1 – Creating the Master Pattern
In this phase, the 3D Printing technology is called upon to create the first piece, also called the Master Pattern, which is the product that we want to replicate in low volume. The creation of the masterpiece can be carried out using 3D Printing technology, or FDM to be exact. The master pattern can also be created using SLA technology, which is another additive manufacturing technology. No matter the method used, the masterpiece is first designed using a Computer AIded Design (CAD) program, from which the 3 dimensional design of the product becomes ready to be printed. The files are then printed using the digital fabrication technology of choice, and the master pattern is now ready to be duplicated. As this is the main copy which is going to be duplicated, it is essential that the design, pattern, and finishing be as accurate and precise as possible.
2 – Making the Silicone Mold
The process of duplication then starts with creating the mold which encompasses a design typical to that of the master pattern. This can be done through several steps:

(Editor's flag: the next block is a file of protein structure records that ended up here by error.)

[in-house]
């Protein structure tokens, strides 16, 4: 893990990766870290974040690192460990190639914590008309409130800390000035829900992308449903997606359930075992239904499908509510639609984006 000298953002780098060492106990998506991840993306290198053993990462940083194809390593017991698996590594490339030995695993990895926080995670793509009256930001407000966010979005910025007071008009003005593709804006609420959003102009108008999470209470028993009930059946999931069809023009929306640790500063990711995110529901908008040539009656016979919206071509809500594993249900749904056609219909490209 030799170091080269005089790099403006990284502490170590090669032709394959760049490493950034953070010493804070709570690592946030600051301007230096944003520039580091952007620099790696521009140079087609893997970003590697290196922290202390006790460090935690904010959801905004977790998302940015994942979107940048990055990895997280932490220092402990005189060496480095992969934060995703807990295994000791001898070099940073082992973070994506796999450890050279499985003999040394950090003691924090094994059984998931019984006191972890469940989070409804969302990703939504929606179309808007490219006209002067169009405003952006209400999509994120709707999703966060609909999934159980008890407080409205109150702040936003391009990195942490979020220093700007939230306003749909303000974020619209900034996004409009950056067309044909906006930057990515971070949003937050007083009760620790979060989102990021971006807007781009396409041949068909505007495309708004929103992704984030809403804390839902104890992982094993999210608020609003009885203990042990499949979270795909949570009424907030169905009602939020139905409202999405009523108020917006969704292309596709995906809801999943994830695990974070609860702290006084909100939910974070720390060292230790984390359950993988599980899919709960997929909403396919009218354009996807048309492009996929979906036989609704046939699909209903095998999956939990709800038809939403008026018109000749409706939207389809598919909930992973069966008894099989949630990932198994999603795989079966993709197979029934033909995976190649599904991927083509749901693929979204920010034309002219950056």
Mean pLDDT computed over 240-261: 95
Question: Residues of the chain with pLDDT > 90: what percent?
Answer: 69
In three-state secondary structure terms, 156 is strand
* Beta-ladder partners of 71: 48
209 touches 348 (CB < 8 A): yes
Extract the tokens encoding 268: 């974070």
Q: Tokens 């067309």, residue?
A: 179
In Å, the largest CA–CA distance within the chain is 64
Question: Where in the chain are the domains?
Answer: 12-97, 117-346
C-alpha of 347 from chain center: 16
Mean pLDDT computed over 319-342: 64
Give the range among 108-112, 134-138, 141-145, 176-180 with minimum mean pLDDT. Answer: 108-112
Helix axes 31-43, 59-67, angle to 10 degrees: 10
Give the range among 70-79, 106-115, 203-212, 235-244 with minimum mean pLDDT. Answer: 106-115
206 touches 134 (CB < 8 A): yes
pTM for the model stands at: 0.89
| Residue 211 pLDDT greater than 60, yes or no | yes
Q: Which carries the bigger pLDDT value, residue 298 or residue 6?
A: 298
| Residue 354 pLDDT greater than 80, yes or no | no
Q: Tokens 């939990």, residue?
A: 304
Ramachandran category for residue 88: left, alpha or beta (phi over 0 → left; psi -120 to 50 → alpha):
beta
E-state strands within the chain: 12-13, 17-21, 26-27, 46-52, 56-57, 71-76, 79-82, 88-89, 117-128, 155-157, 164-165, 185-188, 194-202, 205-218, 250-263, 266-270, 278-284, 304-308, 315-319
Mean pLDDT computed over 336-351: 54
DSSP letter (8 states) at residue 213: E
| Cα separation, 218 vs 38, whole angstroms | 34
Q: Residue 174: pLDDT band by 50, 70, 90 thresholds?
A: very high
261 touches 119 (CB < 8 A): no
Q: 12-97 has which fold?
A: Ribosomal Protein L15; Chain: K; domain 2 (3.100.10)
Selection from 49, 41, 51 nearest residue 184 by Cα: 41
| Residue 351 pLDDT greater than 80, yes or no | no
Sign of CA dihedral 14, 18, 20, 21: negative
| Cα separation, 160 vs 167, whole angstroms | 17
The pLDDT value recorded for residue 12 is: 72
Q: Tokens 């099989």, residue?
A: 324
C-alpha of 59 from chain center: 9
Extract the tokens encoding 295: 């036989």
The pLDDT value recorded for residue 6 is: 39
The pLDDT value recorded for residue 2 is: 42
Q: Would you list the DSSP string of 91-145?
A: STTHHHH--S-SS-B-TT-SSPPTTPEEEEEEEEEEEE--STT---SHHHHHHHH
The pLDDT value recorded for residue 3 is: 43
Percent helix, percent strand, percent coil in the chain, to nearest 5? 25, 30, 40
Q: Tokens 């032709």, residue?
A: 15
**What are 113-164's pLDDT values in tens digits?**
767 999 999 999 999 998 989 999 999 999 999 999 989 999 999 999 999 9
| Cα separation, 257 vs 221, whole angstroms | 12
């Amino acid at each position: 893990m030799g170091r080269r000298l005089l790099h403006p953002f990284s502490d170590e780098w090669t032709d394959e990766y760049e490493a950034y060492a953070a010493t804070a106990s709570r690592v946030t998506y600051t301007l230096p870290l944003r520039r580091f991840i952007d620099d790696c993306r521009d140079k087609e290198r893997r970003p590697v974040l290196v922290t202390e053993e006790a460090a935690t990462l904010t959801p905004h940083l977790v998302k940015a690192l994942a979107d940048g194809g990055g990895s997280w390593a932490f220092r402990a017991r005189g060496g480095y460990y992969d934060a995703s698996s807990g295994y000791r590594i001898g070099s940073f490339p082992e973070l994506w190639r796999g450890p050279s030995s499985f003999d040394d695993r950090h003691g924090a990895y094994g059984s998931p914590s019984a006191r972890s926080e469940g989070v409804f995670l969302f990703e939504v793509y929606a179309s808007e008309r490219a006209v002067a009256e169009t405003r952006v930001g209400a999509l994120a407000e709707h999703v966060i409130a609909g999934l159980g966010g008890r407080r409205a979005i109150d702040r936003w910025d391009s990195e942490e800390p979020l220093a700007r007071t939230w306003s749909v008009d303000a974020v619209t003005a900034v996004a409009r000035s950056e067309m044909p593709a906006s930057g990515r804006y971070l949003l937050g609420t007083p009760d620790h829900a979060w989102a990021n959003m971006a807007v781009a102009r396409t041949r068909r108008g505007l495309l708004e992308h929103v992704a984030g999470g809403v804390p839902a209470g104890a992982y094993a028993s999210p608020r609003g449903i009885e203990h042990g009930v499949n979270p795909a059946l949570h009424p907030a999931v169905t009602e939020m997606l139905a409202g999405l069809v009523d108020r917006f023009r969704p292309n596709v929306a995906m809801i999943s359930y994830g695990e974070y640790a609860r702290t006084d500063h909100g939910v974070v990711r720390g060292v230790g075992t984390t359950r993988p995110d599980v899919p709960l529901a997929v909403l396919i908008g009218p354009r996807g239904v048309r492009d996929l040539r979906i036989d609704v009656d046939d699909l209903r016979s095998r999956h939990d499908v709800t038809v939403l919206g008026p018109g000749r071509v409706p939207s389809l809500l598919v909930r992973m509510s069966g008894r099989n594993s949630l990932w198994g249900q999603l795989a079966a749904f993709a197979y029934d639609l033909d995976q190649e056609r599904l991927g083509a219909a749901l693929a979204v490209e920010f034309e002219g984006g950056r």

- The master model is placed inside a frame made from ABS or rigid paper, and this is where the casting of the silicone will be made.
- Next is setting the partition line that indicates the two halves of the silicone mold.
- The special silicone rubber is then poured, in two consecutive phases, in the frame and surrounding the master pattern.
- After pouring of the first half, the silicone mold is inserted into a vacuum machine and oven to be cured of the bubbles, after which the second half is poured and then cured too.
- The mold is left to harden, and then is separated into two halves.
- The master pattern is removed, and the silicone mold is now ready to duplicate the master pattern.
3 – Vacuum Casting of Polyurethane